From 1880-1920 Dr. Boericke was the physician of choice in San Francisco. Consequently, his family belonged to the ‘high society’ there. In fact, patients came from all over the world to be treated by him homeopathically. He was a hard worker and his family was devoted to him.On April 1, 1929 he died of a massive heart attack. A few months before, he had developed angina symptoms after racing his son down Tamalpais Avenue. For a man in his late 70s he was still physically active. Two months after he died, his house burned down. All that was left was the stone fireplace and all of his homeopathic books.
In addition to the above, Boericke also wrote A Compend of the Principles of Homœopathy as Taught by Hahnemann, The Treatment of Disease with the Twelve Tissue Remedies Being a Treatise on … , and The Care, feeding and homoeopathic treatment of children.
Oscar Boericke wrote The Homeopathic Repertory.
Felix Aerial Boericke MD, a relative ? uncle of William Boericke, who was the ultimate successor to Boericke and Tafel, and its President until his death, published several books on homeopathic veterinary practice, including The elements of homœopathic theory, A Manual of homœopathic veterinary practice,
Garth Wilkinson Boericke 1893 – 1968, son of William Boericke, named after James John Garth Wilkinson would also become a homeopath (*photo used courtesy of Homéopathe International by Sylvain Cazalet at PHOTOTHÈQUE HOMÉOPATHIQUE)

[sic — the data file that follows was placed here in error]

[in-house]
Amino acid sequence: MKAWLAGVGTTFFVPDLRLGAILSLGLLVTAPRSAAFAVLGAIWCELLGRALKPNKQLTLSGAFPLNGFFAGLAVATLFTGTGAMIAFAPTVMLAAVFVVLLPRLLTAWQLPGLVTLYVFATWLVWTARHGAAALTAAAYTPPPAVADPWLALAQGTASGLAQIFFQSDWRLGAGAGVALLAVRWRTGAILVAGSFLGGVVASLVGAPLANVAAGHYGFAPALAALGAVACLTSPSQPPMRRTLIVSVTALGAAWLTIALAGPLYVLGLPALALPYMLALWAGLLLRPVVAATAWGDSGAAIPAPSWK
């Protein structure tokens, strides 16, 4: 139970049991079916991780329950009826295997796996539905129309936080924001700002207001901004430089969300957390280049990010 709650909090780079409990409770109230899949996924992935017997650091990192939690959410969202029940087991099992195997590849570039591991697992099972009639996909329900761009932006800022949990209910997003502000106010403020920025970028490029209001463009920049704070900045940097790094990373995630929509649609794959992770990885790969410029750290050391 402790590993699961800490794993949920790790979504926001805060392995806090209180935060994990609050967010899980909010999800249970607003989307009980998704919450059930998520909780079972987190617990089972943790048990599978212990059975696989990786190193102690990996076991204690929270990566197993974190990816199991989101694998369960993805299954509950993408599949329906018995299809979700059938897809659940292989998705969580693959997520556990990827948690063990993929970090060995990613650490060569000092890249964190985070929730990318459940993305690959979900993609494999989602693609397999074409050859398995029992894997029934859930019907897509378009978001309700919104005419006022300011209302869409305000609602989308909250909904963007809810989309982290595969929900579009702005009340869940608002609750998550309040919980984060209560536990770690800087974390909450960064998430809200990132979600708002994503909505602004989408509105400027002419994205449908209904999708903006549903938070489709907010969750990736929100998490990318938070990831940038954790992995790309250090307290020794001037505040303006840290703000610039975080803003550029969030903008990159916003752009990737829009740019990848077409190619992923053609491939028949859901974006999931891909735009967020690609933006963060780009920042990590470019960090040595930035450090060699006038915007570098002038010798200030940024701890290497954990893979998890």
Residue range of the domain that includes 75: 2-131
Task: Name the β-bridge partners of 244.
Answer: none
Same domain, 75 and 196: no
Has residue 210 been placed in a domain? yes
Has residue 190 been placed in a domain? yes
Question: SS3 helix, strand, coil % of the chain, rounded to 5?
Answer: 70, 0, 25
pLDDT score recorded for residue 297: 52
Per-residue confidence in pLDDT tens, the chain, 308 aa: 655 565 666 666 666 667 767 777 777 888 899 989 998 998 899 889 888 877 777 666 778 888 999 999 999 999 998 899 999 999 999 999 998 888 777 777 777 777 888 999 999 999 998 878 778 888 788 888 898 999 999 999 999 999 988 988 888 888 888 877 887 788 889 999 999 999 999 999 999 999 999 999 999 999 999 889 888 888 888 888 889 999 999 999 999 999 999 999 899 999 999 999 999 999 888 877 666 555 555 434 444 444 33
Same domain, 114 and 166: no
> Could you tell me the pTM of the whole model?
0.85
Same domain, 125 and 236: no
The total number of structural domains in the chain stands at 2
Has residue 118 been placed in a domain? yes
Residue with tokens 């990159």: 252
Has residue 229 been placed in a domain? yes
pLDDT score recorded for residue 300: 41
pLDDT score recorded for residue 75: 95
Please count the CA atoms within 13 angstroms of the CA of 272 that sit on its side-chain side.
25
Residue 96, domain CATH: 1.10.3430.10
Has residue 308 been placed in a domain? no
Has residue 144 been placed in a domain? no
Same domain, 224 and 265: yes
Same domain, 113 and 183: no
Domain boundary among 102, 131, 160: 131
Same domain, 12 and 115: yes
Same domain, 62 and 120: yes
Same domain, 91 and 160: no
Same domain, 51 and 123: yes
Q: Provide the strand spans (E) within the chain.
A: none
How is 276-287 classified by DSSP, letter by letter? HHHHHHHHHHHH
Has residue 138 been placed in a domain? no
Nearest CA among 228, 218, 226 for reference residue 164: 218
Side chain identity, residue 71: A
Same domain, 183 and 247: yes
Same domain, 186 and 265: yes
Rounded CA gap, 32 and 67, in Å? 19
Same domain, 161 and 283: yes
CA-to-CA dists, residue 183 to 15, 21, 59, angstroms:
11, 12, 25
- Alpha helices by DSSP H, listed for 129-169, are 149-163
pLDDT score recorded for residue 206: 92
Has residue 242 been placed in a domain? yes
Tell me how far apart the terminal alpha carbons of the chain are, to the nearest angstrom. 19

From http://famousamericans.net/johannfriedrichleonhardtafel/ ‘… TAFEL, Johann Friedrich Leonhard, educator, born in Sulzbach, Wurtemberg. Germany, 6 February, 1800. He was graduated at Tubingen in 1820, and was professor for many years at the gymnasia of Stuttgart, Ulm, and Schorndorf, introducing the Hamiltonian interlinear method of teaching languages, and editing several periodicals, among which was the “Beobachter,” a daily paper devoted to the interests of the Liberal party (1849-’53). He came to this country in 1853, was for three years professor in Urbana university, Ohio, and then removed to St. Louis, Missouri He is the author of several text-books of ancient and modern languages, translated into German the works of Xenophon and Dion Cassius, and select novels of Charles Dickens, William M. Thackeray, and James Fenimore Cooper, and published “Staat und Christenthmn” (Tubingen, 1851); ” Der Christ und der Atheist ” (Philadelphia, 1856) ; and with his son, Ludwig H. Tafela” German-English and English-German Pocket Dictionary” (1870).–His son, Rudolph Leonhard, educator, born in Ulm, Germany, 24 November, 1831, came to the United States in 184’7, and in 1860-‘1 was teacher of French and German in Washington university, St. Louis. Mo. He held the chair of modern languages and comparative philology there from 1862 till 1868, and since the last-named year has been a Swedenborgian minister in London, England. He has published “Latin Pronunciation and the Latin Alphabet” with his father (New York, 1860);” Investigation into the Laws of English Pronunciation and Orthography” (1862); and “Emanuel Swedenborg as a Philosopher and Man of Science” (Chicago, 1867). Edited Appletons Encyclopedia, Copyright © 2001 VirtualologyTM…’